Dirty Biker definition dropped by the Oxford Dictionaries

Dirty biker definition dropped by Oxford dictionaries

The Oxford dictionaries have dropped the references to dirty denims and long hair under it’s definition of a  biker, after motorcyclists have complained. The Oxford University Press who are responsible for the publishing of the Oxford English Dictionary acknowledged  that these descriptions of the two wheel community of Britain, was in fact rather outdated.

What did the previous description of a biker say?

The version online had previously defined a biker as a motorcyclist, usually one who is a member of a gang, a long haired biker in dirty denims. Though figures indicate that many motorcyclists are far from the described long hair and dirty denim stereotype, as there are fewer than one in ten male bikers who now has long hair, around 9%.

Nearly half of all British Bikers, around 42% are completely free from any tattoos, piercings, gang markings and even facial hair. The Oxford University Press has now changed the definition in the online Oxford dictionaries to a motorcyclist, especially one who is a member of a gang or group: a biker was involved in a collision with a car.

Around 74% believe that the old biker definition was inaccurate, 21% even said that they were offended and outraged by the definition. 65% of motorcyclists exclaimed that they spend most of their time riding on their own and not as a member of a gang or group. Around half said that this old definition was irrelevant and dated, with 2% saying they they believed it was actually correct and accurate. The poll information was collected from a group of 524 bikers.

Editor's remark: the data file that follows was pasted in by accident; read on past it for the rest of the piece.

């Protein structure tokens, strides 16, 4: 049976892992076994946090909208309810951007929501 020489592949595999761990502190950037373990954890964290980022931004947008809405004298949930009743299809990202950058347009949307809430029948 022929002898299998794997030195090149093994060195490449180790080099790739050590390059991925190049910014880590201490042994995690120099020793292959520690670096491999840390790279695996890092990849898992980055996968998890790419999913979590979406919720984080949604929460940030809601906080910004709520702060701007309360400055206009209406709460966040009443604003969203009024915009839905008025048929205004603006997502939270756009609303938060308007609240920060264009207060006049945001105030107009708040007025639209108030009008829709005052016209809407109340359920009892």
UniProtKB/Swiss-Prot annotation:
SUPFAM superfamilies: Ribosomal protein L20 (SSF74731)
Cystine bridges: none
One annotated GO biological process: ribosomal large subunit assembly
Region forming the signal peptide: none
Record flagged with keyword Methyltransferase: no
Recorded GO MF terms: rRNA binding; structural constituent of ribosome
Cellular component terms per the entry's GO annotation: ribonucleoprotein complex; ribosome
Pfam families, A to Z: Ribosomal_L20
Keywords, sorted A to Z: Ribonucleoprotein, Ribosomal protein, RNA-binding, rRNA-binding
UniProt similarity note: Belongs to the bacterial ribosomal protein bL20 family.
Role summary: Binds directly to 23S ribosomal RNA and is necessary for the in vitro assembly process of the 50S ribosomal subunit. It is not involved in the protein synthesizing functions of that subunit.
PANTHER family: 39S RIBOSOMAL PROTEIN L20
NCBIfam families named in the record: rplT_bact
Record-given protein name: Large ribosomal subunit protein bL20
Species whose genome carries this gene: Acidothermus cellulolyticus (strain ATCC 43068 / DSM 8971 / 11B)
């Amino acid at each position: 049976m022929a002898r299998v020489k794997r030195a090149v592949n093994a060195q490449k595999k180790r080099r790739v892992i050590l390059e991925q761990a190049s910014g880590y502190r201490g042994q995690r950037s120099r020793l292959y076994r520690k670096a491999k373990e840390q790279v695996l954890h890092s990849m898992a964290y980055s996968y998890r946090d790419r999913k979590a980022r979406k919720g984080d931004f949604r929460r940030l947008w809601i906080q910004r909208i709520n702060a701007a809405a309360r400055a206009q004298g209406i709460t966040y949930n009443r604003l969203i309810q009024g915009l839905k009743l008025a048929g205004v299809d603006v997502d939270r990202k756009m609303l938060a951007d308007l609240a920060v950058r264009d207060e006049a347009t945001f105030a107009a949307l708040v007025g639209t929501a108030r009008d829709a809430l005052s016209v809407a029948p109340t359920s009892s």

It showed that today, the average biker is aged over 35, is middle class and works in IT or telecoms, it also showed that many are likely to be riding a Honda motorbike. Whether people are riding as a hobby or commuting, the stereotypical image of a biker has indeed changed from that of a Hells Angel.

When the biker term was used in around the 60′s and 70′s, it described gangs in leather with long hair, likely to be trouble makers. Generally driving at rather high speeds and would often be confronting other biker gangs much like themselves. They were described by the 60′s media as ton up boys. The term actually used to provoke a kind of fear in people, due to the image that was portrayed of biker gangs in the media.

Fortunately, this rather cliched stereotype of bikers has moved far away since then and now includes all sectors in society. The popularity of bikes, loved by people from many different walks of life is proven by the increasing growth of the scooter and adventure motorbikes.

Some motorcyclists believe that peoples stereotypical image of a biker could still change

The image of a biker, is not the same as it was 50 years ago. Motorcyclists are pleased that the Oxford Dictionary has finally had an update on the term. Though some bikers say that there is still a long way to go as not all people who ride motorcycles class themselves as bikers and are not members of gangs either.

Both comments and pings are currently closed.

Comments are closed.

Powered by WordPress